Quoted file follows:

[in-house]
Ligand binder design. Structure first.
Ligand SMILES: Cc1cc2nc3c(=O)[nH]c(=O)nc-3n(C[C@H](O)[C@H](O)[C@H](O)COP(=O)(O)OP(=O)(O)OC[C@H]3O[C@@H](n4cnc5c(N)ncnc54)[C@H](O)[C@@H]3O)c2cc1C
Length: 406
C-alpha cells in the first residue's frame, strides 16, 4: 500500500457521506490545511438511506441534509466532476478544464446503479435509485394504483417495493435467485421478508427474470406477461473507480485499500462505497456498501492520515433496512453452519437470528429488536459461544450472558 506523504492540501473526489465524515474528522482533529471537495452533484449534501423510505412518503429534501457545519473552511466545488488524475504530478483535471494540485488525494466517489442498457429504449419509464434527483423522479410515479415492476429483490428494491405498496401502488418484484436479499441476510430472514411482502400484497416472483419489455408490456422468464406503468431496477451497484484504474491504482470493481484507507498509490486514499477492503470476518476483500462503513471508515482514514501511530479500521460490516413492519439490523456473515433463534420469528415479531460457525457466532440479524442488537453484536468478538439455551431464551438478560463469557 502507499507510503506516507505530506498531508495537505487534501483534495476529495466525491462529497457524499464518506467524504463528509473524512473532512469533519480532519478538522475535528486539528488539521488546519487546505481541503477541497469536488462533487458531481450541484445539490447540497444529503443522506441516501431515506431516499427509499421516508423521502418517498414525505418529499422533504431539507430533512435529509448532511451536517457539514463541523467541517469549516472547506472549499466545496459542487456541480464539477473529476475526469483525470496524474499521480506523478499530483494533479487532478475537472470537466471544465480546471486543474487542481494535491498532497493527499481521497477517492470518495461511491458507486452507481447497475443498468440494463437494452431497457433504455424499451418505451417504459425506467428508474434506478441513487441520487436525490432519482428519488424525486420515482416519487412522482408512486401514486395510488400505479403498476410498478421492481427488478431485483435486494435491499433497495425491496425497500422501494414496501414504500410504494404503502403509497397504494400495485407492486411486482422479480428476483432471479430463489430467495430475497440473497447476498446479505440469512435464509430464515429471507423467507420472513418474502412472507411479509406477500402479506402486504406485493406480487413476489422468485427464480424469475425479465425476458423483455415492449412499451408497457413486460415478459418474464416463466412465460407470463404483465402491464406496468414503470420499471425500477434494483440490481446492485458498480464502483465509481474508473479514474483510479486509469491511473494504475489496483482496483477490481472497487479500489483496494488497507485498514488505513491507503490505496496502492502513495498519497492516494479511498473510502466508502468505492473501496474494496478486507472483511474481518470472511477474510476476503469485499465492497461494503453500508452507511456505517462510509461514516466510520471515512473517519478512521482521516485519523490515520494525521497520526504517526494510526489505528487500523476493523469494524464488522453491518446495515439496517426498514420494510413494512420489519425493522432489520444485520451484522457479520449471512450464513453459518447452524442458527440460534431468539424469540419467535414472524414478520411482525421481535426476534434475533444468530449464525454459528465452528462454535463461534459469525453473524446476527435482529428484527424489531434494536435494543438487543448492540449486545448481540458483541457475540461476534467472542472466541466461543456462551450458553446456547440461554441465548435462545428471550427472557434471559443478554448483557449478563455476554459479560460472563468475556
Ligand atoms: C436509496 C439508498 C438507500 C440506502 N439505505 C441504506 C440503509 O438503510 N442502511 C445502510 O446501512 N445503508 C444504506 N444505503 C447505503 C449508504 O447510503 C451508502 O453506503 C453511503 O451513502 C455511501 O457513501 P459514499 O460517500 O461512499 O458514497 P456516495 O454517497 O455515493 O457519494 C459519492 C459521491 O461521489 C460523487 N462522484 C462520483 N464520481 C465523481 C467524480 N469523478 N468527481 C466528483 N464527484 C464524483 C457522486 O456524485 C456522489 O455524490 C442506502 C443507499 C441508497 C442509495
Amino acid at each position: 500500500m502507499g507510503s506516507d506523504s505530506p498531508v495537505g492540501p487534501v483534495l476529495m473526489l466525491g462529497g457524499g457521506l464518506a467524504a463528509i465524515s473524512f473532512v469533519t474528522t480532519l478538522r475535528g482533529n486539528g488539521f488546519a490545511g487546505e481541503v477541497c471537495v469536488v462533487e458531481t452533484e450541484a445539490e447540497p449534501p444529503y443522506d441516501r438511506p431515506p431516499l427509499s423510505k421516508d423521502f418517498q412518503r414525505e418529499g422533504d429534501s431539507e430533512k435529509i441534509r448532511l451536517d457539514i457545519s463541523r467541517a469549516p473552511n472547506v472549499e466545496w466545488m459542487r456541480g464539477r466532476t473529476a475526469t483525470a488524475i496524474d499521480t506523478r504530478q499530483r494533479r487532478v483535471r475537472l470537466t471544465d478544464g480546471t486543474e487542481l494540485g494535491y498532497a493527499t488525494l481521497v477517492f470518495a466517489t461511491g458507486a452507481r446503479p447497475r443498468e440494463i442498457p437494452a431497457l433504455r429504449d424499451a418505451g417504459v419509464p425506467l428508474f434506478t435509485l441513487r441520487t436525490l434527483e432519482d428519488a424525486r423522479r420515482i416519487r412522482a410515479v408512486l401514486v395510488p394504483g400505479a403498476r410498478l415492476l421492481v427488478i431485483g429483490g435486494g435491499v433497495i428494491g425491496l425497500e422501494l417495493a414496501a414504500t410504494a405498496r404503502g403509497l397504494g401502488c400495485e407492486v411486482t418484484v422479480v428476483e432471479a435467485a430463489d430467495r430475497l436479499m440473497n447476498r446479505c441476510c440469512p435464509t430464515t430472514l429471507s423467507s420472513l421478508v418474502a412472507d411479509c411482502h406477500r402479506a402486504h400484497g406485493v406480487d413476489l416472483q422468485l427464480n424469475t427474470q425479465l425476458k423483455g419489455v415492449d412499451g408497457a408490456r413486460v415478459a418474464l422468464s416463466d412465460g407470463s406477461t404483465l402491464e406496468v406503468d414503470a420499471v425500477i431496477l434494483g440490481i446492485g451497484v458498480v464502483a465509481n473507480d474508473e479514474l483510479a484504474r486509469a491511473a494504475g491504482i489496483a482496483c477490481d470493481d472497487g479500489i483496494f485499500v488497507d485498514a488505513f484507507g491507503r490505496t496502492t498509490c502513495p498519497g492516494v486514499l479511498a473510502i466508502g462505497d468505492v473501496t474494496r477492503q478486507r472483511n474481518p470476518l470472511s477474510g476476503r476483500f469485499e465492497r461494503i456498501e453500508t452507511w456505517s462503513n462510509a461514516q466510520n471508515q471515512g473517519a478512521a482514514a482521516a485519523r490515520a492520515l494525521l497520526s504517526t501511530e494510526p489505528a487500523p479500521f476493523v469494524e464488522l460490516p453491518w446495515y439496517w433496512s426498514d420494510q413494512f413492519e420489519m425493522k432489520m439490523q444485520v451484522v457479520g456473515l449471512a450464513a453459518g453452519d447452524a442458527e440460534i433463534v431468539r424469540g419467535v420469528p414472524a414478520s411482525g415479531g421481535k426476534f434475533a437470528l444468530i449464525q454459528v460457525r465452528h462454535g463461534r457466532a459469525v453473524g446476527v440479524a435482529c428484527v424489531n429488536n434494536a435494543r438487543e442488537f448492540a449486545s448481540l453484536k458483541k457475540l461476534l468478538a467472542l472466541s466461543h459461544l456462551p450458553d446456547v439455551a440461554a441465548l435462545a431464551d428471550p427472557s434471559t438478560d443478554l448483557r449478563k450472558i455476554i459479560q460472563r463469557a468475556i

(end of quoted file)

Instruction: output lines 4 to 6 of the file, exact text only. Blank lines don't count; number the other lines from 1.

Length: 406
C-alpha cells in the first residue's frame, strides 16, 4: 500500500457521506490545511438511506441534509466532476478544464446503479435509485394504483417495493435467485421478508427474470406477461473507480485499500462505497456498501492520515433496512453452519437470528429488536459461544450472558 506523504492540501473526489465524515474528522482533529471537495452533484449534501423510505412518503429534501457545519473552511466545488488524475504530478483535471494540485488525494466517489442498457429504449419509464434527483423522479410515479415492476429483490428494491405498496401502488418484484436479499441476510430472514411482502400484497416472483419489455408490456422468464406503468431496477451497484484504474491504482470493481484507507498509490486514499477492503470476518476483500462503513471508515482514514501511530479500521460490516413492519439490523456473515433463534420469528415479531460457525457466532440479524442488537453484536468478538439455551431464551438478560463469557 502507499507510503506516507505530506498531508495537505487534501483534495476529495466525491462529497457524499464518506467524504463528509473524512473532512469533519480532519478538522475535528486539528488539521488546519487546505481541503477541497469536488462533487458531481450541484445539490447540497444529503443522506441516501431515506431516499427509499421516508423521502418517498414525505418529499422533504431539507430533512435529509448532511451536517457539514463541523467541517469549516472547506472549499466545496459542487456541480464539477473529476475526469483525470496524474499521480506523478499530483494533479487532478475537472470537466471544465480546471486543474487542481494535491498532497493527499481521497477517492470518495461511491458507486452507481447497475443498468440494463437494452431497457433504455424499451418505451417504459425506467428508474434506478441513487441520487436525490432519482428519488424525486420515482416519487412522482408512486401514486395510488400505479403498476410498478421492481427488478431485483435486494435491499433497495425491496425497500422501494414496501414504500410504494404503502403509497397504494400495485407492486411486482422479480428476483432471479430463489430467495430475497440473497447476498446479505440469512435464509430464515429471507423467507420472513418474502412472507411479509406477500402479506402486504406485493406480487413476489422468485427464480424469475425479465425476458423483455415492449412499451408497457413486460415478459418474464416463466412465460407470463404483465402491464406496468414503470420499471425500477434494483440490481446492485458498480464502483465509481474508473479514474483510479486509469491511473494504475489496483482496483477490481472497487479500489483496494488497507485498514488505513491507503490505496496502492502513495498519497492516494479511498473510502466508502468505492473501496474494496478486507472483511474481518470472511477474510476476503469485499465492497461494503453500508452507511456505517462510509461514516466510520471515512473517519478512521482521516485519523490515520494525521497520526504517526494510526489505528487500523476493523469494524464488522453491518446495515439496517426498514420494510413494512420489519425493522432489520444485520451484522457479520449471512450464513453459518447452524442458527440460534431468539424469540419467535414472524414478520411482525421481535426476534434475533444468530449464525454459528465452528462454535463461534459469525453473524446476527435482529428484527424489531434494536435494543438487543448492540449486545448481540458483541457475540461476534467472542472466541466461543456462551450458553446456547440461554441465548435462545428471550427472557434471559443478554448483557449478563455476554459479560460472563468475556
Ligand atoms: C436509496 C439508498 C438507500 C440506502 N439505505 C441504506 C440503509 O438503510 N442502511 C445502510 O446501512 N445503508 C444504506 N444505503 C447505503 C449508504 O447510503 C451508502 O453506503 C453511503 O451513502 C455511501 O457513501 P459514499 O460517500 O461512499 O458514497 P456516495 O454517497 O455515493 O457519494 C459519492 C459521491 O461521489 C460523487 N462522484 C462520483 N464520481 C465523481 C467524480 N469523478 N468527481 C466528483 N464527484 C464524483 C457522486 O456524485 C456522489 O455524490 C442506502 C443507499 C441508497 C442509495